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Should I should have scared her?

by Crowhill on 22 October 2016

Greenbelt Park is one of my favorite places. I spent a lot of time there as a lad, and these days I run the perimeter trail when I can make the time. I love it.

When I run the trail I usually take someone with me for a long chat. The “someone” is, of course, one of my inner interlocutors. The chat might be between the believer and the skeptic, or the conservative and the liberal, or just my mental reconstruction of a particular person that I know.

This morning on part of my jog I was joined by an old professional colleague (a liberal woman I’ve known for years) and we were discussing this and that. During out chat a young woman came running by in the other direction, and I smiled as nicely as I could and said hello. She beamed at me with a smile that would melt an igloo, and my jogging partner said, “Despite being a complete Neanderthal, you are a nice guy.”

I thought, “Really? If I was a nice guy I would have tried to scare her so she wouldn’t go jogging alone in the park.”

Of course I want to live in a world where everyone is perfectly safe no matter where they are. Children should be able to play with cobras and I should be able to leave my wallet in my unlocked car.

And some people — like perhaps this woman running alone in the woods — seem to believe that wishing the world is like that, and behaving as if the world is like that, will make it like that.

To some extent that’s true. Kindness breeds kindness — among normal, decent people.

Unfortunately, there are far too many people who are neither normal nor decent, which is why women should not be running alone in the woods. And no, I don’t believe I should have scared her, but if I had the opportunity to chat with her I would have tried to convince her to get a running companion. And not just an inner interlocutor. Maybe a dog.

6 comments  ::  Add your comment  ::  2016-10-22  ::  Crowhill

Rigged elections, and pre-accepting them

by Crowhill on 21 October 2016

In politics, it’s all about whose ox is being gored.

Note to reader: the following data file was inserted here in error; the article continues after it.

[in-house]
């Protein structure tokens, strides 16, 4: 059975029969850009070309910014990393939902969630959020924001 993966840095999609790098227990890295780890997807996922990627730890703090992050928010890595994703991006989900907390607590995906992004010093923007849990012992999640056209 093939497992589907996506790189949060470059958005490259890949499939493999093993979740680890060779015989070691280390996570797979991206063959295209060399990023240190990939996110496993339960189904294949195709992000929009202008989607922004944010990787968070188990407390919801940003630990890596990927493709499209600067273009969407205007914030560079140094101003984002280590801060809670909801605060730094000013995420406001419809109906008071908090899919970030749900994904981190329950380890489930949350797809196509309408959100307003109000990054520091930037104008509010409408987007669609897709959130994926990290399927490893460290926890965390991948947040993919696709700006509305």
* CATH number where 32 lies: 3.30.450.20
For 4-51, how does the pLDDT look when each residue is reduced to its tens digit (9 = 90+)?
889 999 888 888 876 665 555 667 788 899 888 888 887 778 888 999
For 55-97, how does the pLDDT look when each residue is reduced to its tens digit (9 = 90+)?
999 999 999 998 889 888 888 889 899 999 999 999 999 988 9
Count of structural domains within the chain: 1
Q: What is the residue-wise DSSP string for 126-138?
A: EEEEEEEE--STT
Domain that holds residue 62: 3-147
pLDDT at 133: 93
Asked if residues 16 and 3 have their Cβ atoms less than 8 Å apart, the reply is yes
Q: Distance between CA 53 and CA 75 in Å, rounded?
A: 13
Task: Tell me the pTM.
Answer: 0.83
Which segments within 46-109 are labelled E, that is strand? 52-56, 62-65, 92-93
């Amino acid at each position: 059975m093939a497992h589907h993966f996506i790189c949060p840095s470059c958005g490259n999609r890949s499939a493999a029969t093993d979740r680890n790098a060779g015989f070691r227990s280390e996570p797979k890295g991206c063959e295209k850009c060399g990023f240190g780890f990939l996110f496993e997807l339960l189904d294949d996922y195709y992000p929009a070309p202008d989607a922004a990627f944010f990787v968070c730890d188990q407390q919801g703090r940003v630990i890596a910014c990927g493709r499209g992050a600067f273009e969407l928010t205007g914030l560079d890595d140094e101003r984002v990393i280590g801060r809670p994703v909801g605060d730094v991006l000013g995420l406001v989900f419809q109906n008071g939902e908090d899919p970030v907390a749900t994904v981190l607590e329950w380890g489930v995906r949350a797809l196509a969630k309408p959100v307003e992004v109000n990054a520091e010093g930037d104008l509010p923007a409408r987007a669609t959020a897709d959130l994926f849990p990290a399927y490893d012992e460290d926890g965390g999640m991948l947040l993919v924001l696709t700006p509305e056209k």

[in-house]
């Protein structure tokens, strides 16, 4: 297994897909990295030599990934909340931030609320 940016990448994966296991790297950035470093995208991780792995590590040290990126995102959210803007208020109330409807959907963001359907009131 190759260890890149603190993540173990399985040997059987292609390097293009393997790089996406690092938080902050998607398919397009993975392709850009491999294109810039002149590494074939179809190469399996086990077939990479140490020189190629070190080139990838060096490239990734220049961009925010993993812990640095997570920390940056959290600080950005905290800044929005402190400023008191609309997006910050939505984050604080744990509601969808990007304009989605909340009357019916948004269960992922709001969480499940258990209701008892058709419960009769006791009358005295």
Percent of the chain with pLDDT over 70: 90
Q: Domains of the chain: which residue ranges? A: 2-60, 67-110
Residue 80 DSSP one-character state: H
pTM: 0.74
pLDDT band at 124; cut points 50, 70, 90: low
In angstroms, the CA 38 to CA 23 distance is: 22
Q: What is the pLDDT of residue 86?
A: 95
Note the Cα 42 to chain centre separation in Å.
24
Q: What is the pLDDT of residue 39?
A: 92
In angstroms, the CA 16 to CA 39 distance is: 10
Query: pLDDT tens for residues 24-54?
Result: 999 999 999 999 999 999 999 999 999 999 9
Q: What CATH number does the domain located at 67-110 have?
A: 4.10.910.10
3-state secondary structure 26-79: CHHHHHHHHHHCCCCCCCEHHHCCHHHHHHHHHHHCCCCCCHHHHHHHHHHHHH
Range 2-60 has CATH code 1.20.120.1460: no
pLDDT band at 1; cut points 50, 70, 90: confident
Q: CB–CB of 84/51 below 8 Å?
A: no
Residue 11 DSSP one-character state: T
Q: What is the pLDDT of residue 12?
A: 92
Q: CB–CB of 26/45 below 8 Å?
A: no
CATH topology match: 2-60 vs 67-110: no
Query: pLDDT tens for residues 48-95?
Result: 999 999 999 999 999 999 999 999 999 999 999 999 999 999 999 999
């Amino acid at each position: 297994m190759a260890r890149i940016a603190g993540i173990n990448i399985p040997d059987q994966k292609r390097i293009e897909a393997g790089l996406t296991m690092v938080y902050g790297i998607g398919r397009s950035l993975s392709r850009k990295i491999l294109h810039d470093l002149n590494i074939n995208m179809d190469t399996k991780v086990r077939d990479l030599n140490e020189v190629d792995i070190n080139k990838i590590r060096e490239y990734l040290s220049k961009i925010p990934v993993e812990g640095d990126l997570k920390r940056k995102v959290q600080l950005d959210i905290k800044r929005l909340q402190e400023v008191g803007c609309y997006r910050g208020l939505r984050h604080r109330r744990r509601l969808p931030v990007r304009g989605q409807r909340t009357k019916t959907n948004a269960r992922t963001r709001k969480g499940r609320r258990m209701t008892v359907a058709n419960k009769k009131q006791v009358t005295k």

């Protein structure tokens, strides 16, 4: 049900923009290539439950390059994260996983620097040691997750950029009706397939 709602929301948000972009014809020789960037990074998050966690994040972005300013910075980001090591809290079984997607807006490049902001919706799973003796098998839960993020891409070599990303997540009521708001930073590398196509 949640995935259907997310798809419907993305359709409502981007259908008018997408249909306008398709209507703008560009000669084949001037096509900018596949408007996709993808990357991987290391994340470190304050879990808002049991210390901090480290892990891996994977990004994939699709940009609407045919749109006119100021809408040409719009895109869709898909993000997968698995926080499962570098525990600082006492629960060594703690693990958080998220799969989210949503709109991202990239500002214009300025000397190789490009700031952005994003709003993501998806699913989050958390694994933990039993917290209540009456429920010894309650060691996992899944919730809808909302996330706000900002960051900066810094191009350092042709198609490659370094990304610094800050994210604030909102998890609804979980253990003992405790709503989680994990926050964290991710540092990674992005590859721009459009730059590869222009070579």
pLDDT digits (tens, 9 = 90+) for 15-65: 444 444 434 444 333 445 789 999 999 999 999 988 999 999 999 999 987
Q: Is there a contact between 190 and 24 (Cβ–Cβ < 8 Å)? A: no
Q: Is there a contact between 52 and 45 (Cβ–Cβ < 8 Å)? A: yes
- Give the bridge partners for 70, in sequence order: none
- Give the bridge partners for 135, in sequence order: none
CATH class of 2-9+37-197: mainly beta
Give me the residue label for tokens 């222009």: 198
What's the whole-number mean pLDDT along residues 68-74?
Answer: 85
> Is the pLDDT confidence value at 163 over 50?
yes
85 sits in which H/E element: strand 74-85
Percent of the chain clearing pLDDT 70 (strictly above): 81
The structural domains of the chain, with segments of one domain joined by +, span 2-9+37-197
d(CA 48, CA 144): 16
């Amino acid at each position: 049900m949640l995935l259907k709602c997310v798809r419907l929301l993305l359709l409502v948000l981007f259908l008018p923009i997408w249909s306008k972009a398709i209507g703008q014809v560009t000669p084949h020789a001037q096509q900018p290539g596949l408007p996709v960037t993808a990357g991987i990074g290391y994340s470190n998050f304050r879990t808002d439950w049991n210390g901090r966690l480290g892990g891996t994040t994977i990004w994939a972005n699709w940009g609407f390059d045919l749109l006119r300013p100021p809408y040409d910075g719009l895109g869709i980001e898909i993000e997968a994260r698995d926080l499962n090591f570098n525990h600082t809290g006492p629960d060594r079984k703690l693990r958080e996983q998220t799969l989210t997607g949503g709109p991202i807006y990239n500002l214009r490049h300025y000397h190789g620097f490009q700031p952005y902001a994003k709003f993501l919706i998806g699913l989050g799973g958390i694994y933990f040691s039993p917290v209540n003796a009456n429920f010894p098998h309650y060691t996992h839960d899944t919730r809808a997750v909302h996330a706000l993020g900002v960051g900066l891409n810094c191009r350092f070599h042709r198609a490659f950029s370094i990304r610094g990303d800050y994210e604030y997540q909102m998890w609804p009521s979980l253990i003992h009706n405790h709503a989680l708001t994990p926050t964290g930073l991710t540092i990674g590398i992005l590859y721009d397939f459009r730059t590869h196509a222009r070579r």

It’s not about issues or high-minded principles. It’s about power. Each sides flips and flops depending on whether it will help them at the moment.

For much of this year, Democrats have been warning that Russians hackers might be compromising the integrity of the election. (They probably hyped the story because they wanted a federal takeover of state and local control of the elections.) But when Trump says the election is rigged, somehow that’s going too far.

There is a distinction, of course. The complaint about Russian hackers has to do with outside interference, while Trump’s complaint implies corruption on the inside. But they are similar complaints in that they will cast doubt on the validity of the results. But somehow when Trump raises that doubt, it’s an emergency and a betrayal, but not when Clinton and her cronies do.

The other interesting contrast is all this business about pledging to accept the outcome of the election. As I recall, many prominent Democrats didn’t want Al Gore to accept his defeat in 2000. And many still don’t.

I, for one, have already accepted the outcome of this election. We will get an awful president.

4 comments  ::  Add your comment  ::  2016-10-21  ::  Crowhill

Nothing you say or do is private ever again

by Crowhill on 19 October 2016

Marco Rubio is warning Republicans not to use the Wikileaks material because “tomorrow it could be us.”

Oh. So if Republicans don’t use it today, Democrats won’t use it tomorrow?

Yes, that is how stupid the Stupid Party is. It’s unbelievable.